UK 'X-Files' reveal UFO sighting over Chelsea stadium
LONDON - Britain on Thursday released an archive of "X-Files" detailing government UFO briefings and probes into unexplained sightings, including one above Chelsea football club.
The 25 files released by The National Archives include "a lengthy briefing on UFO policy to then prime minister Tony Blair's office" along with a job description for the post of UFO desk officer, described as the "weirdest job in Whitehall."
According to an employee of the UFO desk, which closed in 2009, the perception that it consisted of "top secret teams of specialist scientists scurrying around the country in a real life version of the X-Files" was "total fiction."
Instead, daily duties included providing briefings on the Ministry of Defence's (MoD) position on UFOs, undertaking UFO investigations, handling Freedom of Information requests (FOIs) and managing UFOlogists (UFO "experts").
Among the stranger investigations included one into a UFO sighting by a police officer at Chelsea football club and another into a visit by three "men in black" to a person who reported a UFO encounter in Lincolnshire, east England.
According to the files, a hotel owner in Wales once complained to her MP after a UFO landed in a field "from which two tall silver-suited 'faceless humanoids' emerged and began "making measurements'."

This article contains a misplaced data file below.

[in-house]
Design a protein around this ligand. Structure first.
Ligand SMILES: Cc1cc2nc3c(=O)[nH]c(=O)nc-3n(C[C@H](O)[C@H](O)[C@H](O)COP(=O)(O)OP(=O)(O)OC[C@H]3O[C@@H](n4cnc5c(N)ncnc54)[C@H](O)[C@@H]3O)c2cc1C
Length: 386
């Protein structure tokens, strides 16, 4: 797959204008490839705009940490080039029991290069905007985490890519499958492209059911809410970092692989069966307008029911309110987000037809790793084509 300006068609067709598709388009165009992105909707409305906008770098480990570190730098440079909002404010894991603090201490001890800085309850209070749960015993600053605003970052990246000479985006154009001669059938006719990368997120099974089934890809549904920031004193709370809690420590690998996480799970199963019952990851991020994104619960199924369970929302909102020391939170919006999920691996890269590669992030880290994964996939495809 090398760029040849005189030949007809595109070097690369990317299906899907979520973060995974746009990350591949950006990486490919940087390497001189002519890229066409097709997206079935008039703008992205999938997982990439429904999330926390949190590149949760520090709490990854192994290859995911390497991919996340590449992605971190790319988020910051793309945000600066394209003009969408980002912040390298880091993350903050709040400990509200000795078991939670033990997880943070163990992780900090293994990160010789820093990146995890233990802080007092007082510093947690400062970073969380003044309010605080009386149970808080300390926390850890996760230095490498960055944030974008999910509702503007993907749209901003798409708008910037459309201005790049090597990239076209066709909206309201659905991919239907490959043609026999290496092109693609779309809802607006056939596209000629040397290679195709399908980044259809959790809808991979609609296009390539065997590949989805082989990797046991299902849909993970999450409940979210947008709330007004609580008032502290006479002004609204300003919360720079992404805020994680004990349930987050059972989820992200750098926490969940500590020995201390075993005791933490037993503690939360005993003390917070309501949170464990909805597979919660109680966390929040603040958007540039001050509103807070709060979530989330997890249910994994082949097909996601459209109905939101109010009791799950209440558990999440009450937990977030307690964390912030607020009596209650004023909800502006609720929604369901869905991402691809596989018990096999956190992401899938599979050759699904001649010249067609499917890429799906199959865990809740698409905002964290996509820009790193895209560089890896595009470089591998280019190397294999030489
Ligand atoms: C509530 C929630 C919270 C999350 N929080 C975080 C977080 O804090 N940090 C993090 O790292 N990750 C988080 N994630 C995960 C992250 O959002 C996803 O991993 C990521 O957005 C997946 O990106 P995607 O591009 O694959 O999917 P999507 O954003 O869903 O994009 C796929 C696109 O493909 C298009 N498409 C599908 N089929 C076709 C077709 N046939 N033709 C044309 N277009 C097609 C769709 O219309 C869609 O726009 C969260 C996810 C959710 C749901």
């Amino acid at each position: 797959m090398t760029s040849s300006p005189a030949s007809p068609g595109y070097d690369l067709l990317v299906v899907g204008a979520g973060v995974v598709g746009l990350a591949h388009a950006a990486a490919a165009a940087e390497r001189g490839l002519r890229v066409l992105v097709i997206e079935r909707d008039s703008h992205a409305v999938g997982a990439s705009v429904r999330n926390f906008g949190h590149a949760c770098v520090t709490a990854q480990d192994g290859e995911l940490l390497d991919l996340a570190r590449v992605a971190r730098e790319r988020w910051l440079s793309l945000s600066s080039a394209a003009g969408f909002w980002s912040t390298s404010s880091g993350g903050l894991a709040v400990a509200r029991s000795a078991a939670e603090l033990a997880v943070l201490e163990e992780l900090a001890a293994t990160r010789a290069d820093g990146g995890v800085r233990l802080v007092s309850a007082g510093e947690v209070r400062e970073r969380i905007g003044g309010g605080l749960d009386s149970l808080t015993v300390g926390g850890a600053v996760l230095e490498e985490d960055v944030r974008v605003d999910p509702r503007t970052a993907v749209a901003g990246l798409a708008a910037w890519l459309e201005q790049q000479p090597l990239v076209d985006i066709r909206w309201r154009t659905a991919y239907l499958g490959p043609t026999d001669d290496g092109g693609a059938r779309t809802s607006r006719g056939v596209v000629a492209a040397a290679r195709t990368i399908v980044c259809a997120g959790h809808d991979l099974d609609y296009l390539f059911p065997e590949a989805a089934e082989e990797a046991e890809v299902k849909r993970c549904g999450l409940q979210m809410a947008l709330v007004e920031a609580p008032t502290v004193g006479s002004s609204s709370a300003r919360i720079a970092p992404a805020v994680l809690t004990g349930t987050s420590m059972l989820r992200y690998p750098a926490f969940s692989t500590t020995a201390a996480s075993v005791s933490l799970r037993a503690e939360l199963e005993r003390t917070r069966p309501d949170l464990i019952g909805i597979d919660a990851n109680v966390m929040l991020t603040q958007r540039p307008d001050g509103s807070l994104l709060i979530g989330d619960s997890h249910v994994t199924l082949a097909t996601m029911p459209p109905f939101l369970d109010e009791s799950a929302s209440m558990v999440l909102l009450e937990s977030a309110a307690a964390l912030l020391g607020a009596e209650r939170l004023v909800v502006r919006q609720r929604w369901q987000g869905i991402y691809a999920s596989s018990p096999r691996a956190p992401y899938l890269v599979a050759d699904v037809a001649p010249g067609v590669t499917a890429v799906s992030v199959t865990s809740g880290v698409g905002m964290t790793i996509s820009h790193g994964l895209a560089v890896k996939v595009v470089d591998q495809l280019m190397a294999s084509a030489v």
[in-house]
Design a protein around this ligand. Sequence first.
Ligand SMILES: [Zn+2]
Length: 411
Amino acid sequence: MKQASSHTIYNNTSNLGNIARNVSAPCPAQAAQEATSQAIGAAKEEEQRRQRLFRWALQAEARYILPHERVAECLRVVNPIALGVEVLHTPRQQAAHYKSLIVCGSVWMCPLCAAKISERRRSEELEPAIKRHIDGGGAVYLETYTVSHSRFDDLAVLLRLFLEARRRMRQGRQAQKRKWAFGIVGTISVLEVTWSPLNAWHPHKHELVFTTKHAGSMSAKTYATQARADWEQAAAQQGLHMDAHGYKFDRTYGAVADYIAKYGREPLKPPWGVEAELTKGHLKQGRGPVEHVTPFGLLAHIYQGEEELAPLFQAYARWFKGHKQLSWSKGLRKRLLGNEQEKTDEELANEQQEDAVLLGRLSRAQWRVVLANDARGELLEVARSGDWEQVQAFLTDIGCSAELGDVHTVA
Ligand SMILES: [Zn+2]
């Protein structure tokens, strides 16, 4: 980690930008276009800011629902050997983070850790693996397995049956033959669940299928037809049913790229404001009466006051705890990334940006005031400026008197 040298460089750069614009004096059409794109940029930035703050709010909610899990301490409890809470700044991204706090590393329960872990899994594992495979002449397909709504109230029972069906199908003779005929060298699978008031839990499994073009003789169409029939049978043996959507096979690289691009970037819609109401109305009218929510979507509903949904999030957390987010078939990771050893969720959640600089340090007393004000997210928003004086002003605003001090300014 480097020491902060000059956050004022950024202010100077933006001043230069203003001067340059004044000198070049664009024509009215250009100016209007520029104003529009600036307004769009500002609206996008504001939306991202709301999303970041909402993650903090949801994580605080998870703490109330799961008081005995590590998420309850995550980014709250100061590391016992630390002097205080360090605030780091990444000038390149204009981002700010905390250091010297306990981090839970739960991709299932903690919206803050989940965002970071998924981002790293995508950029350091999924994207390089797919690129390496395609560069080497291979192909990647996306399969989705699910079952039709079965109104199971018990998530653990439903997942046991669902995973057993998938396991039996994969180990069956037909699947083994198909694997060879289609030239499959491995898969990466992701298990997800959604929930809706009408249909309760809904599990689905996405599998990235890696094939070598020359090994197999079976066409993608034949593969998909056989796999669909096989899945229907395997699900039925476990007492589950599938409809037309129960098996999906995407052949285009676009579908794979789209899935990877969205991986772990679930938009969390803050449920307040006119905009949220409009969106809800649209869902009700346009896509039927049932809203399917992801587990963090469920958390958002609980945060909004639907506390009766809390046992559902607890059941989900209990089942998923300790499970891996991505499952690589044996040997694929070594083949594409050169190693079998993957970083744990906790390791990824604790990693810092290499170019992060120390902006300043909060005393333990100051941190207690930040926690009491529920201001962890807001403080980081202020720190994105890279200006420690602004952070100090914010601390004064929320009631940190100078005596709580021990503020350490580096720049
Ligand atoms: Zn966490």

Also included in the files are details of a 1995 briefing by one of the MoD's UFO intelligence officers which speculated on why aliens would visit earth.
Despite having no hard evidence for alien craft, the officer explained that any visit would most likely be motivated by military reconnaissance, scientific development or tourism.
In a briefing prepared for the MoD in 1979, a UFO intelligence officer noted that no radio tracking systems had ever picked up any alien transmissions.
The release of the documents came after an FOI request by David Clarke, author of the book 'The UFO files' and a lecturer at Sheffield Hallam University.
"These records allow us to look behind the scenes of what must have been one of the strangest jobs in Whitehall" (shorthand for Britain's civil service), said Clarke.
"We now have a fascinating insight into some of the extraordinary reports and briefings which passed over the UFO Desk on a daily basis and how its officers used logic and science in their attempts to explain 'the unexplained'," he added.